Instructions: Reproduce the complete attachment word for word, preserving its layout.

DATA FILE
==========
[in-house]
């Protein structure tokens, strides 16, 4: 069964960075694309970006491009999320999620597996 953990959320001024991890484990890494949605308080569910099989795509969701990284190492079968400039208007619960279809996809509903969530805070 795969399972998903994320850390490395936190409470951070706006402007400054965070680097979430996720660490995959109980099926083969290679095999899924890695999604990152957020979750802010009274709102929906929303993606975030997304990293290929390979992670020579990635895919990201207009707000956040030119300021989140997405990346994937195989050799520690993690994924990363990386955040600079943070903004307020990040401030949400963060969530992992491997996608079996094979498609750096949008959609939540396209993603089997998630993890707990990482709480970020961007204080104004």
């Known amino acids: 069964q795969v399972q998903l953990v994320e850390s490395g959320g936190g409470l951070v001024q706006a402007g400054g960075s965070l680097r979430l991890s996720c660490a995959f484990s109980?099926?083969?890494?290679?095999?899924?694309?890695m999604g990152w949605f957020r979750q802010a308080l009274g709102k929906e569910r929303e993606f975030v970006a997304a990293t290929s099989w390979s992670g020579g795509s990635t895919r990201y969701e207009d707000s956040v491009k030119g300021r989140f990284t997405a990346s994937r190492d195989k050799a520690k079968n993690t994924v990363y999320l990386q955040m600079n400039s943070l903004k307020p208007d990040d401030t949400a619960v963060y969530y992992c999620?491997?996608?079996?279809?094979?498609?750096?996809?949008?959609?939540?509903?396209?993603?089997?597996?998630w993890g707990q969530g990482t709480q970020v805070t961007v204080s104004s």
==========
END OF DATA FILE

[in-house]
């Protein structure tokens, strides 16, 4: 069964960075694309970006491009999320999620597996 953990959320001024991890484990890494949605308080569910099989795509969701990284190492079968400039208007619960279809996809509903969530805070 795969399972998903994320850390490395936190409470951070706006402007400054965070680097979430996720660490995959109980099926083969290679095999899924890695999604990152957020979750802010009274709102929906929303993606975030997304990293290929390979992670020579990635895919990201207009707000956040030119300021989140997405990346994937195989050799520690993690994924990363990386955040600079943070903004307020990040401030949400963060969530992992491997996608079996094979498609750096949008959609939540396209993603089997998630993890707990990482709480970020961007204080104004």
């Known amino acids: 069964q795969v399972q998903l953990v994320e850390s490395g959320g936190g409470l951070v001024q706006a402007g400054g960075s965070l680097r979430l991890s996720c660490a995959f484990s109980?099926?083969?890494?290679?095999?899924?694309?890695m999604g990152w949605f957020r979750q802010a308080l009274g709102k929906e569910r929303e993606f975030v970006a997304a990293t290929s099989w390979s992670g020579g795509s990635t895919r990201y969701e207009d707000s956040v491009k030119g300021r989140f990284t997405a990346s994937r190492d195989k050799a520690k079968n993690t994924v990363y999320l990386q955040m600079n400039s943070l903004k307020p208007d990040d401030t949400a619960v963060y969530y992992c999620?491997?996608?079996?279809?094979?498609?750096?996809?949008?959609?939540?509903?396209?993603?089997?597996?998630w993890g707990q969530g990482t709480q970020v805070t961007v204080s104004s």